• Decreased visual acuity: As we age, our eyes can lose some of their sharpness, making it more difficult to see fine details, especially in low-light conditions.
  • Reduced colour perception: The ability to perceive colours can decline with age, which can make it harder to distinguish between colours and see subtle changes in hue.
  • Increased sensitivity to glare: Older eyes are more susceptible to glare, which can cause discomfort and visual distractions, especially when performing tasks such as reading or driving.
  • Decreased pupil size: As we age, our pupils tend to shrink, reducing the amount of light that enters the eye and making it more difficult to see in low light conditions.

These age-related changes can impact the way we design lighting, by requiring higher levels of brightness, reducing glare, and providing colour-correct lighting. Designing lighting systems with these consideration in mind can help improve visual comfort and performance for people of all ages.

For each room consider the balance of lighting in layers of direct (task) and indirect (ambient) light.

Direct lighting is to be provided to places of work and activity only, for example reading, cooking and eating. The use of direct light to accentuate art features in the house can also give spaces a visual focal point.

Indirect lighting will be used as ambient lighting and background lighting to provide sufficient light for visibility as well as balancing contrast ratios to the optimal level. Indirect lighting is a key component of comfort lighting.

Design Tips:

  • Direct lighting, use lamps with shades/concealed LED sources for glare control.
  • Indirect lighting should be concealed to place the emphasis on the illumination of space rather than on the design of the light fitting.
  • Ensure you have a layer of indirect lighting in all spaces.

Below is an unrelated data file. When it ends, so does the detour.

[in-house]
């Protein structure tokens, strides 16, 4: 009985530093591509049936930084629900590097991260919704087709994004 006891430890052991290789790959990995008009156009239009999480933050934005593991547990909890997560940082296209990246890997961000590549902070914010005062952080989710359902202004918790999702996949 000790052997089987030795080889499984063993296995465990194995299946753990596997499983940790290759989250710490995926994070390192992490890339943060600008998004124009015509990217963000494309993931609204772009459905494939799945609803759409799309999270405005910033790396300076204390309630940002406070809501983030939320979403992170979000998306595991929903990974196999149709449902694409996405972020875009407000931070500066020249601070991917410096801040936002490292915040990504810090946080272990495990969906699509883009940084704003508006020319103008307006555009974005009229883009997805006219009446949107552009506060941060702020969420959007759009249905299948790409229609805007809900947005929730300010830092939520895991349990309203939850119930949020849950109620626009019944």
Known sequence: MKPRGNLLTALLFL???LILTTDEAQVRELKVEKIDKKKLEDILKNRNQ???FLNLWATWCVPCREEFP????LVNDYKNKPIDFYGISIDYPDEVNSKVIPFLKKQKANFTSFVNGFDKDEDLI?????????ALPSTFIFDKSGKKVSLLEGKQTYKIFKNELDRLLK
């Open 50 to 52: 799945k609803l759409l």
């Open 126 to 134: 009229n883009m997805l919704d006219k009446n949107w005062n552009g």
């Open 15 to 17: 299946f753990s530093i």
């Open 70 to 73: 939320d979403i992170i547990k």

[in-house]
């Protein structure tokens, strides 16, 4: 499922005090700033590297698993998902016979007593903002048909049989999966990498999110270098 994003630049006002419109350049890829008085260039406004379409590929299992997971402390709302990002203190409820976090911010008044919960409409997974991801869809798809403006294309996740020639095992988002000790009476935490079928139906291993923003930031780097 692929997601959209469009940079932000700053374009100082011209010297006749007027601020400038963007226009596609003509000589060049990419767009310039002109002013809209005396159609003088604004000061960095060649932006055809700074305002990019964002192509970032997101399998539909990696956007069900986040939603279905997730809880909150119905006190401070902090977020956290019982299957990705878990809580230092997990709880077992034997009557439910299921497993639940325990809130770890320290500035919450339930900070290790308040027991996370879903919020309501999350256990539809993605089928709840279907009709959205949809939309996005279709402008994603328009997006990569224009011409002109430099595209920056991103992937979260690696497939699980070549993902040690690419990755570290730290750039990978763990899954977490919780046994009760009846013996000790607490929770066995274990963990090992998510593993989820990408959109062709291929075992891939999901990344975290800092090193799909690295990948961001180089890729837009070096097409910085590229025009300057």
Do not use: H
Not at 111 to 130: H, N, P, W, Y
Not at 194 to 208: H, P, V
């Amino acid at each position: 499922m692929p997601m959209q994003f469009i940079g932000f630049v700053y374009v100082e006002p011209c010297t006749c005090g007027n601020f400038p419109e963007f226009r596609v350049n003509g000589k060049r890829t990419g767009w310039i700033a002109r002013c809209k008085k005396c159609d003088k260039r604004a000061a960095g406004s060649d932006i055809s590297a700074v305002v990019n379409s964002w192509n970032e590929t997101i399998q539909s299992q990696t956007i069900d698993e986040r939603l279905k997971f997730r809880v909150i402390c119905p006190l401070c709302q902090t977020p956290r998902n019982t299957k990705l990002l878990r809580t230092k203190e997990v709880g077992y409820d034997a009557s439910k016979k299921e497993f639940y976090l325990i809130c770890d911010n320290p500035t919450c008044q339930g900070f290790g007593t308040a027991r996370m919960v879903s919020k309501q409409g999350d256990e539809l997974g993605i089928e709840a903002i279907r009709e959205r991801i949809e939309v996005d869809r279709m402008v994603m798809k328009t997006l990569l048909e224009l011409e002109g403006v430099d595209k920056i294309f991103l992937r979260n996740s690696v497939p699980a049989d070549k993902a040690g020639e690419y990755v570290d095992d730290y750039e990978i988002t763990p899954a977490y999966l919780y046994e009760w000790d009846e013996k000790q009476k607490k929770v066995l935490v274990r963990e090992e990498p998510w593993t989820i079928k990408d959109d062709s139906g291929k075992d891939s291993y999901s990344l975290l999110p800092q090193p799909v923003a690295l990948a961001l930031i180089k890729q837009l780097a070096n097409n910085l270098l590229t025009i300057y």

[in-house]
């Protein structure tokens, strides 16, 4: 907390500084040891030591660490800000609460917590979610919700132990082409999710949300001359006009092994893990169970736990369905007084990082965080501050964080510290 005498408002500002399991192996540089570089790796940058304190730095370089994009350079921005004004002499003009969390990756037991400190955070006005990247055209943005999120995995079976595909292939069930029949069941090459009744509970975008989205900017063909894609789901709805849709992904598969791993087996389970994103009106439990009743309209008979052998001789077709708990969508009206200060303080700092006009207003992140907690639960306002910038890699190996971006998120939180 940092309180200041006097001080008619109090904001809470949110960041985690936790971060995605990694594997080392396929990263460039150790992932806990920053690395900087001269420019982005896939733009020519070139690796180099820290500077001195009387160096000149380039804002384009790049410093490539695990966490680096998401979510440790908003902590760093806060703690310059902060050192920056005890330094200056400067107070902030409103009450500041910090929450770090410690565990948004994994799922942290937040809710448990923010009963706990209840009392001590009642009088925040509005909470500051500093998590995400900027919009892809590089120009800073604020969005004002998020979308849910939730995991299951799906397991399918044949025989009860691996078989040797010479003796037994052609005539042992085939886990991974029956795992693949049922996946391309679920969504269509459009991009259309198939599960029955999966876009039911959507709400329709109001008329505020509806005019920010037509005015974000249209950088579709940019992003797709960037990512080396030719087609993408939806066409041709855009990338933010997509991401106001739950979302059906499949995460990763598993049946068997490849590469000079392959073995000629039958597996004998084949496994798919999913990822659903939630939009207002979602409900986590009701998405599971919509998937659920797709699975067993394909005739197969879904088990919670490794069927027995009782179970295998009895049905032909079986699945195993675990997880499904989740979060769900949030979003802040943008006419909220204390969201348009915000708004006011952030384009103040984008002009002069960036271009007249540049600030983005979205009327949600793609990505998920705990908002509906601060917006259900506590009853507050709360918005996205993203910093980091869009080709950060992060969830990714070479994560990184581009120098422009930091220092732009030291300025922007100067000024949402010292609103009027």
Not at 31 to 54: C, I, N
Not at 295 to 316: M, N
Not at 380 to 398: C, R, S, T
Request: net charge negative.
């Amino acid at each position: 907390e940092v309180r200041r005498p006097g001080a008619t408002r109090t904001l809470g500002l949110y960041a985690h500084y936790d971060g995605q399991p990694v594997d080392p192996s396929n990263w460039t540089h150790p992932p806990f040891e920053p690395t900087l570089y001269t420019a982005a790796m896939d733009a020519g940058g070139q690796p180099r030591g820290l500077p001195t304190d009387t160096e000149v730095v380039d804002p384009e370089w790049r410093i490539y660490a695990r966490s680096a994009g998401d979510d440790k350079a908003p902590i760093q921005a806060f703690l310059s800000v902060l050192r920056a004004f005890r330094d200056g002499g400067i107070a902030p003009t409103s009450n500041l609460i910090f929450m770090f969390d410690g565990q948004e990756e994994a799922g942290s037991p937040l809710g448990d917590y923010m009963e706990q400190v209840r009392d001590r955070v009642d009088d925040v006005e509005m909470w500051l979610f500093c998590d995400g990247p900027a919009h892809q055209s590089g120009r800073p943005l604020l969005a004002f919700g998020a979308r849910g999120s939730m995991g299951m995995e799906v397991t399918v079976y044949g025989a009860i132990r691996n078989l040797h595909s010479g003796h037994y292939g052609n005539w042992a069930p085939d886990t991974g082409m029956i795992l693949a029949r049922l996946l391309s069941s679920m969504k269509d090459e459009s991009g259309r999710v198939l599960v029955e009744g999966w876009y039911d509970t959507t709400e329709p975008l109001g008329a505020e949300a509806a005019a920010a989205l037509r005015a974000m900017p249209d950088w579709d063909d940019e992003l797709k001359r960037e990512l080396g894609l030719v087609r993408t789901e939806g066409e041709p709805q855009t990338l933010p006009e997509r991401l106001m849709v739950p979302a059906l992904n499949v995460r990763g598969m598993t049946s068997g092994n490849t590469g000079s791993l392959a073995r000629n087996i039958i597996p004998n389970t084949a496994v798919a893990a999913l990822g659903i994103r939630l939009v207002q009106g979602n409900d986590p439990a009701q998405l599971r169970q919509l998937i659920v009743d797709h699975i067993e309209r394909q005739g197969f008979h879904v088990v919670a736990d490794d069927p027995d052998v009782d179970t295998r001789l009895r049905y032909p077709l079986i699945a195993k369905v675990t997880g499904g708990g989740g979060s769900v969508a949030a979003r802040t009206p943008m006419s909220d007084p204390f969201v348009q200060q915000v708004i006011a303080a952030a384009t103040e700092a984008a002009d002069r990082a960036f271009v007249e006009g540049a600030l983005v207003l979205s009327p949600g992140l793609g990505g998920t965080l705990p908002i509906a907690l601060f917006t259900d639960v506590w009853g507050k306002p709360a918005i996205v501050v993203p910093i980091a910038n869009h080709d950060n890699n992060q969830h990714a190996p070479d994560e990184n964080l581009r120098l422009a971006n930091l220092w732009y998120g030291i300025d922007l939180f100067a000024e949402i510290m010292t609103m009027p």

Work Productively
Good lighting design can help improve your work productivity

Did you know? Short durations of higher intensity cooler coloured light will help boost concentration and accuracy? Conversely, warmer tones of light helps us relax at the end of our working day. So, to combat the post-lunch ‘food coma’ work under natural daylight or cool white light.

Generally, our homes have lower levels of light intensity than the office. Insufficient brightness will result in less accuracy when completing tasks and tired eyes. An easy way to boost lighting – not requiring a rewiring of the house! – is to purchase a task lamp for your work surface.

If you can, always choose a place to work that is lit with daylight. The changes in colour and intensity of natural daylight help to support our biorhythms and boost wellness. But be careful about glare as daylight in the middle of the day can be strong and direct sunlight on the work surface makes it difficult for our eye to focus.

Application Design Tips:

  • Install a cool coloured light source (cool white) in your task lamp. When you need to focus on quick detailed tasks, use the task light to boost the light conditions.
  • Look for a lamp with a solid shade that directs light down onto the work surface. Something that is easily portable will allow you to use it in other parts of the house in the evening.